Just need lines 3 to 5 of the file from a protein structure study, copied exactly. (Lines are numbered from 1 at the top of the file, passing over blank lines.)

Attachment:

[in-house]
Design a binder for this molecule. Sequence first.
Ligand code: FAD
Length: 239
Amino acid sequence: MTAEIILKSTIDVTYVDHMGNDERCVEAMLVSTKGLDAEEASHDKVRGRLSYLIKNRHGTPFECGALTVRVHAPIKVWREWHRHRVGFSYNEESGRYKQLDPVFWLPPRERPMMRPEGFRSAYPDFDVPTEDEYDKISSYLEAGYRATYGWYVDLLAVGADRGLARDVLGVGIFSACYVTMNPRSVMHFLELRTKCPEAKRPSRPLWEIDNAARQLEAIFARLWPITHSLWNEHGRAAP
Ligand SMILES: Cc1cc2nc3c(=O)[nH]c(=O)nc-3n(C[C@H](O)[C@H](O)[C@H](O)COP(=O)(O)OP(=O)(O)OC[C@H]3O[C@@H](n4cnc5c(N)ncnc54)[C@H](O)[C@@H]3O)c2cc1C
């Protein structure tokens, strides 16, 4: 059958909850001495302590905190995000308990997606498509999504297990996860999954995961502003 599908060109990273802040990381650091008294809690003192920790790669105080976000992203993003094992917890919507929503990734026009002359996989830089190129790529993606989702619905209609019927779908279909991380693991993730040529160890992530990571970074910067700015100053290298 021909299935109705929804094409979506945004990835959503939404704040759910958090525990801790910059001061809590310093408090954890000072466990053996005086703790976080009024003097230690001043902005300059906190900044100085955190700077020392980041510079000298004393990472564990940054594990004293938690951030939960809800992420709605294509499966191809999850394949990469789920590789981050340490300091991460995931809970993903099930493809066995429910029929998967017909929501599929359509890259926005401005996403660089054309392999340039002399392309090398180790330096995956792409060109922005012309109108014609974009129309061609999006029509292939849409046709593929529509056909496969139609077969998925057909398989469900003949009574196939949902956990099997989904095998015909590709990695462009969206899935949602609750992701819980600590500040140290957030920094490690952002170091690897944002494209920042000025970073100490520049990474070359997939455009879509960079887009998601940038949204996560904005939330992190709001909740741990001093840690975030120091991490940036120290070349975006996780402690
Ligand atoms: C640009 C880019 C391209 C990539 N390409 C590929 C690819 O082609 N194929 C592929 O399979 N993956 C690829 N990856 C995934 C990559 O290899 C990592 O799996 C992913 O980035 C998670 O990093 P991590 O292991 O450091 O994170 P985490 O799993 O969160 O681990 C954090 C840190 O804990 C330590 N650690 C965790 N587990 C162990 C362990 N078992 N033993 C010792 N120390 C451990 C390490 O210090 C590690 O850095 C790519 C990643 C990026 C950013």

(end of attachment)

Ligand code: FAD
Length: 239
Amino acid sequence: MTAEIILKSTIDVTYVDHMGNDERCVEAMLVSTKGLDAEEASHDKVRGRLSYLIKNRHGTPFECGALTVRVHAPIKVWREWHRHRVGFSYNEESGRYKQLDPVFWLPPRERPMMRPEGFRSAYPDFDVPTEDEYDKISSYLEAGYRATYGWYVDLLAVGADRGLARDVLGVGIFSACYVTMNPRSVMHFLELRTKCPEAKRPSRPLWEIDNAARQLEAIFARLWPITHSLWNEHGRAAP